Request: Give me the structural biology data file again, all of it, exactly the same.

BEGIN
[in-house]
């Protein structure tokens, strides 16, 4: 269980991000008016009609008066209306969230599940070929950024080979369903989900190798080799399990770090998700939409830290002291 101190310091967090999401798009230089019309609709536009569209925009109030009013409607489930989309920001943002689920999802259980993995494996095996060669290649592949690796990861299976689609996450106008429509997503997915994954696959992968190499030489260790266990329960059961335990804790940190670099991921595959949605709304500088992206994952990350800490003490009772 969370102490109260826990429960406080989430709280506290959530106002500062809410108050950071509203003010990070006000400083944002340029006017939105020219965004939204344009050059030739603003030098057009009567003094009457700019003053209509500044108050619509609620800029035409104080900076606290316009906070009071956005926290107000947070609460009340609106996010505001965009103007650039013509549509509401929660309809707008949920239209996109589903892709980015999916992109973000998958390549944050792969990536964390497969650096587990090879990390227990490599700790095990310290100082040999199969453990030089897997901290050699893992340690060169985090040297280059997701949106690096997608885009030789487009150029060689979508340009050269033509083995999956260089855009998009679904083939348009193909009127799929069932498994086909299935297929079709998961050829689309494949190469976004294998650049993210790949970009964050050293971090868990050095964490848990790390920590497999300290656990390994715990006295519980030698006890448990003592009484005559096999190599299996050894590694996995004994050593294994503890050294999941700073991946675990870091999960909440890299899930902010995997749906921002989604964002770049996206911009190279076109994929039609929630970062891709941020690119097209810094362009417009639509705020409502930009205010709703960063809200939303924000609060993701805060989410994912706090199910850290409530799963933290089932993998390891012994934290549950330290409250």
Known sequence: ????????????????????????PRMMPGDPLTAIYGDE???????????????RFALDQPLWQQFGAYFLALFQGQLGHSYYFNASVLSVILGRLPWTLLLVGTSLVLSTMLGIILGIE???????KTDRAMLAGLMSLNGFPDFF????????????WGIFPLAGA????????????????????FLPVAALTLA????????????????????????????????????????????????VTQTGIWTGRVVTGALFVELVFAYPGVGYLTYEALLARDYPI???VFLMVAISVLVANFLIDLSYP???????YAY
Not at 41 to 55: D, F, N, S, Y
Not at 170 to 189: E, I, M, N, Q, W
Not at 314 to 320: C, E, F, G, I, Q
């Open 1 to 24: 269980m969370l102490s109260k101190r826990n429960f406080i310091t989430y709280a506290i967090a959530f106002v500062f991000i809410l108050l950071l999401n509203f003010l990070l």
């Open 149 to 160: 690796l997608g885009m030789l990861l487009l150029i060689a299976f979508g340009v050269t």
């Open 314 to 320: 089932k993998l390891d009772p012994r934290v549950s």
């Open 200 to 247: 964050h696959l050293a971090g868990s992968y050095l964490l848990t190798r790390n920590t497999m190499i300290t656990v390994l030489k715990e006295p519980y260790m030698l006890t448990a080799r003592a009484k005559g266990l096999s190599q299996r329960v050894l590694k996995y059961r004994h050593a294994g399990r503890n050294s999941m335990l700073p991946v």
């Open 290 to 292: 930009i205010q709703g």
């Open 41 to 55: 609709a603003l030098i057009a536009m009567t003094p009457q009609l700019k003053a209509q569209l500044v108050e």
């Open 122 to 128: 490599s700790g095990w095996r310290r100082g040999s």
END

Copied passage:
[in-house]
């Protein structure tokens, strides 16, 4: 269980991000008016009609008066209306969230599940070929950024080979369903989900190798080799399990770090998700939409830290002291 101190310091967090999401798009230089019309609709536009569209925009109030009013409607489930989309920001943002689920999802259980993995494996095996060669290649592949690796990861299976689609996450106008429509997503997915994954696959992968190499030489260790266990329960059961335990804790940190670099991921595959949605709304500088992206994952990350800490003490009772 969370102490109260826990429960406080989430709280506290959530106002500062809410108050950071509203003010990070006000400083944002340029006017939105020219965004939204344009050059030739603003030098057009009567003094009457700019003053209509500044108050619509609620800029035409104080900076606290316009906070009071956005926290107000947070609460009340609106996010505001965009103007650039013509549509509401929660309809707008949920239209996109589903892709980015999916992109973000998958390549944050792969990536964390497969650096587990090879990390227990490599700790095990310290100082040999199969453990030089897997901290050699893992340690060169985090040297280059997701949106690096997608885009030789487009150029060689979508340009050269033509083995999956260089855009998009679904083939348009193909009127799929069932498994086909299935297929079709998961050829689309494949190469976004294998650049993210790949970009964050050293971090868990050095964490848990790390920590497999300290656990390994715990006295519980030698006890448990003592009484005559096999190599299996050894590694996995004994050593294994503890050294999941700073991946675990870091999960909440890299899930902010995997749906921002989604964002770049996206911009190279076109994929039609929630970062891709941020690119097209810094362009417009639509705020409502930009205010709703960063809200939303924000609060993701805060989410994912706090199910850290409530799963933290089932993998390891012994934290549950330290409250």
Known sequence: ????????????????????????PRMMPGDPLTAIYGDE???????????????RFALDQPLWQQFGAYFLALFQGQLGHSYYFNASVLSVILGRLPWTLLLVGTSLVLSTMLGIILGIE???????KTDRAMLAGLMSLNGFPDFF????????????WGIFPLAGA????????????????????FLPVAALTLA????????????????????????????????????????????????VTQTGIWTGRVVTGALFVELVFAYPGVGYLTYEALLARDYPI???VFLMVAISVLVANFLIDLSYP???????YAY
Not at 41 to 55: D, F, N, S, Y
Not at 170 to 189: E, I, M, N, Q, W
Not at 314 to 320: C, E, F, G, I, Q
């Open 1 to 24: 269980m969370l102490s109260k101190r826990n429960f406080i310091t989430y709280a506290i967090a959530f106002v500062f991000i809410l108050l950071l999401n509203f003010l990070l």
């Open 149 to 160: 690796l997608g885009m030789l990861l487009l150029i060689a299976f979508g340009v050269t």
């Open 314 to 320: 089932k993998l390891d009772p012994r934290v549950s």
């Open 200 to 247: 964050h696959l050293a971090g868990s992968y050095l964490l848990t190798r790390n920590t497999m190499i300290t656990v390994l030489k715990e006295p519980y260790m030698l006890t448990a080799r003592a009484k005559g266990l096999s190599q299996r329960v050894l590694k996995y059961r004994h050593a294994g399990r503890n050294s999941m335990l700073p991946v």
């Open 290 to 292: 930009i205010q709703g």
């Open 41 to 55: 609709a603003l030098i057009a536009m009567t003094p009457q009609l700019k003053a209509q569209l500044v108050e």
């Open 122 to 128: 490599s700790g095990w095996r310290r100082g040999s």